Villa’s high conviction is reflected in net exposure having reached around 90% in February 2019, the highest level since inception.

Public asset discount

The recent bid for Gatwick Airport throws into sharp relief the gaping disconnect between public and private market valuations of infrastructure assets. Villa asserts, “51% of Gatwick was acquired by Vinci with an implied EBITDA multiple of c.20x on 2019 estimated numbers. The asset is good quality, freehold property, a “negotiated” tariff system, a high percentage of passengers being VFR (visiting friends and relatives), offering more predictable revenues. GIP has proven to be a very smart airport operator over time. However, returns in our opinion will not differ materially from the ones you can extrapolate from listed operators, when it comes to the potential cash upstream. Gatwick Airport is six times levered versus a blended average of below two times for listed airports. Once this is adjusted for, the listed operators are significantly undervalued”.

Although Villa does not actually think that many airports are likely takeover targets (with the possible exception of Aeroports de Paris (AdP) upon full privatization), elsewhere in regulated infrastructure there has been plenty of M&A activity with pension funds and private equity firms vying to acquire prize assets. Meanwhile, the publicly listed sector massively de-rated in 2018, for various reasons. Villa adds: “Globally, geopolitical risk increased. We saw fears around interest rate rises; sector rotation out of defensives and stocks seen as bond proxies and into cyclicals in early 2018. There were also problems in specific countries: currency devaluations in emerging markets such as Turkey and Argentina contributed to a wider sell-off in emerging markets. The Genoa bridge collapse dragged down all similar Italian concession assets. UK assets de-rated even more than they did post-Brexit on fears that a Corbyn government could lead to nationalization of water, energy, and rail. The phasing out of coal in Germany could also affect some utilities”. The near-perfect storm in 2018 did not reach private assets, leaving public firms looking cheap in general and on a sum-of-parts basis. The implied equity risk premium has spiked by several percentage points, and Villa thinks it could come back down.


Germany’s EON, which will soon be the largest regulated utility company in Europe after taking over Innogy, and Italy’s Iren amongst others, have

seen de-ratings: “Iren shares dropped by 20% in 2018 and have been savagely de-rated, with its valuation multiple contracting by more than one third,” says Villa. EON fell by less, but still de-rated given its earnings growth. In both cases, with risk-free interest rates in Europe still near zero, Villa reckons an appropriate PE multiple could be closer to 15 times than the 11-12 times seen today. Applying this to an earnings forecast of EUR 1 per share suggests that EON’s share price could double in a few years. Villa argues that utility equity valuations are factoring in extreme hikes in ECB policy rates to 3% or 4%, which he views as very unlikely. (Incidentally, Iren also features in the top ten holdings for another award-winning Kairos strategy, Federico Riggio’s Pegasus). Villa has also opportunistically bought into some UK utilities, such as Pennon, that excessively discount a Corbyn government nationalization scenario, which is also improbable. “More visibility on Brexit should bring a re-rating,” he says.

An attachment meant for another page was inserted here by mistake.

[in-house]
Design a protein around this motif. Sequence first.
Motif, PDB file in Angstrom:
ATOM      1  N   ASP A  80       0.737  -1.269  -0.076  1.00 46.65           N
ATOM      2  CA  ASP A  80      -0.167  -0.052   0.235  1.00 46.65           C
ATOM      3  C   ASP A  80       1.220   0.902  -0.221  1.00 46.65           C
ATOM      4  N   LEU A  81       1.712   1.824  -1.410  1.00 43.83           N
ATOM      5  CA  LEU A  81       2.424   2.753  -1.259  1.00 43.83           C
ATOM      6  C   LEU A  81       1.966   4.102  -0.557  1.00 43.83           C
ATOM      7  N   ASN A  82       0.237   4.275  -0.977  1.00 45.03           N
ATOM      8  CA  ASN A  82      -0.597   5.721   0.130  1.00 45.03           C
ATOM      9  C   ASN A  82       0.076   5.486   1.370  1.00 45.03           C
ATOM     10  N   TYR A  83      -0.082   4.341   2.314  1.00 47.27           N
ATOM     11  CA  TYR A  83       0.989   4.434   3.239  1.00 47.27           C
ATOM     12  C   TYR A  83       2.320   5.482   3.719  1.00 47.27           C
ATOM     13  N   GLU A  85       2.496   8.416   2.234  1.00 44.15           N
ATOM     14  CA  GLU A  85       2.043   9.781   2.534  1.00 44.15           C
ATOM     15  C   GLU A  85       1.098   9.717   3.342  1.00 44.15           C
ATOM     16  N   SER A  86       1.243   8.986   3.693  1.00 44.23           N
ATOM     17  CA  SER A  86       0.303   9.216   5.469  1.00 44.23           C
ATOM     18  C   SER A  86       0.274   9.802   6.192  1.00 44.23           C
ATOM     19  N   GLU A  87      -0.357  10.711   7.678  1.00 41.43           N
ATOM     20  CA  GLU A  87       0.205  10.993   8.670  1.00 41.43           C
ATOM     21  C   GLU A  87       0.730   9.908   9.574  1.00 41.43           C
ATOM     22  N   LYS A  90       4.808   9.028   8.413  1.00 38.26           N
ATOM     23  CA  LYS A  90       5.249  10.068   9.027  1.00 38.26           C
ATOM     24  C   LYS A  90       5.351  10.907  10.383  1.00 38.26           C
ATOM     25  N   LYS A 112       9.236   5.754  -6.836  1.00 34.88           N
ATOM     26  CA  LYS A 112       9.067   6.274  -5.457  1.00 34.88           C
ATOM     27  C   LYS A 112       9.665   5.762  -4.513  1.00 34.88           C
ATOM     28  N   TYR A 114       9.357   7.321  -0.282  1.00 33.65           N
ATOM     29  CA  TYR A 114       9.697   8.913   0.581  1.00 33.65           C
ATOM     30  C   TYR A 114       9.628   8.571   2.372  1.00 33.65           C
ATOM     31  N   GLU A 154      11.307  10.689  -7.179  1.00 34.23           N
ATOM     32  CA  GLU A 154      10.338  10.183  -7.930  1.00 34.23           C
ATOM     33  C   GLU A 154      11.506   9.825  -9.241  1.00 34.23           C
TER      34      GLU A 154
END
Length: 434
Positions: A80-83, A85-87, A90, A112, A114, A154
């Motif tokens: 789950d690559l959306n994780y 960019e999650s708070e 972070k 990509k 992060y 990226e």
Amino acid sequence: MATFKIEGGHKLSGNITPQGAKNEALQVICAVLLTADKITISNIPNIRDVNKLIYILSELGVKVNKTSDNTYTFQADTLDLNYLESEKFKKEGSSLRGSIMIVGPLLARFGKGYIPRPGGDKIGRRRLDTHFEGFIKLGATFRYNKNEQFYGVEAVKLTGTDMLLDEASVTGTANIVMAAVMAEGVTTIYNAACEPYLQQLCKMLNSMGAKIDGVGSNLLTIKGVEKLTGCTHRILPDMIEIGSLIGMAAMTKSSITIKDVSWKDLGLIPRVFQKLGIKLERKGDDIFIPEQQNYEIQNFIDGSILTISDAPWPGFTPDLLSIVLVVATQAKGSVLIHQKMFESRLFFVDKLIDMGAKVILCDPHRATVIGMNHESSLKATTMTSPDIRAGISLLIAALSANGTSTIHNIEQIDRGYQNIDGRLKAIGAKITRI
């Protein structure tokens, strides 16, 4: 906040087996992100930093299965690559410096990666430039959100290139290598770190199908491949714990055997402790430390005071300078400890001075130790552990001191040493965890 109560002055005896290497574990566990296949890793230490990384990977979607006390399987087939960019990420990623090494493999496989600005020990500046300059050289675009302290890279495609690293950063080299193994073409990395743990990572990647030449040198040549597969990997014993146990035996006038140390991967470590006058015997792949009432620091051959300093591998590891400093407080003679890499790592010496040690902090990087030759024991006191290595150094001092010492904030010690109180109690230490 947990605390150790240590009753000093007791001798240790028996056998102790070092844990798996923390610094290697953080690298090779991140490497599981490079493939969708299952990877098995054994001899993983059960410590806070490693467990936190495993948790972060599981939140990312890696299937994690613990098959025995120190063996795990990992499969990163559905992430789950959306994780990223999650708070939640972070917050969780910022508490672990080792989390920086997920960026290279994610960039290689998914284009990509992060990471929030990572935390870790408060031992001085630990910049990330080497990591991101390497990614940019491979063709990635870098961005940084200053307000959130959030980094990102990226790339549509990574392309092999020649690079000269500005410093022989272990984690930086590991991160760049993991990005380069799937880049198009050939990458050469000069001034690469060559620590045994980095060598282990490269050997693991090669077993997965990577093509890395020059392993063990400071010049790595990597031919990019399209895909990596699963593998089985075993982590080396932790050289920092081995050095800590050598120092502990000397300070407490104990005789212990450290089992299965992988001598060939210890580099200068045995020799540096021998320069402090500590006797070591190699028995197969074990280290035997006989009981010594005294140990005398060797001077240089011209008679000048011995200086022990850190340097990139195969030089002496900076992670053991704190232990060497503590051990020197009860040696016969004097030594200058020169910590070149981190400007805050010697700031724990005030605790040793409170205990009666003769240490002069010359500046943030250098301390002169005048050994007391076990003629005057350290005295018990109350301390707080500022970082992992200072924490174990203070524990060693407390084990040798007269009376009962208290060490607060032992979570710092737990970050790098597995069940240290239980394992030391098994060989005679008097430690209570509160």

The big picture story is earnings growth and expansion of valuation multiples, but there are also plenty of company-specific stories where the KIS KEY team think that the market has mispriced various risks, based on their collective decades of dialogue with companies, regulators and politicians. Villa works with senior analyst, Oriana Bastianelli, who, like him, started out as a sell-side equity analyst following the sector. She joined Kairos in 2005 and was ranked number one buy-side analyst in Italy in the 2018 Extel survey and number one buy-side analyst in Europe for Transport and Leisure sectors in 2018 and 2017. Analyst, Alessandra Lupi, joined in 2013. The trio can also draw on the expertise of the wider Kairos equity investment team of 14, spread between London and Milan.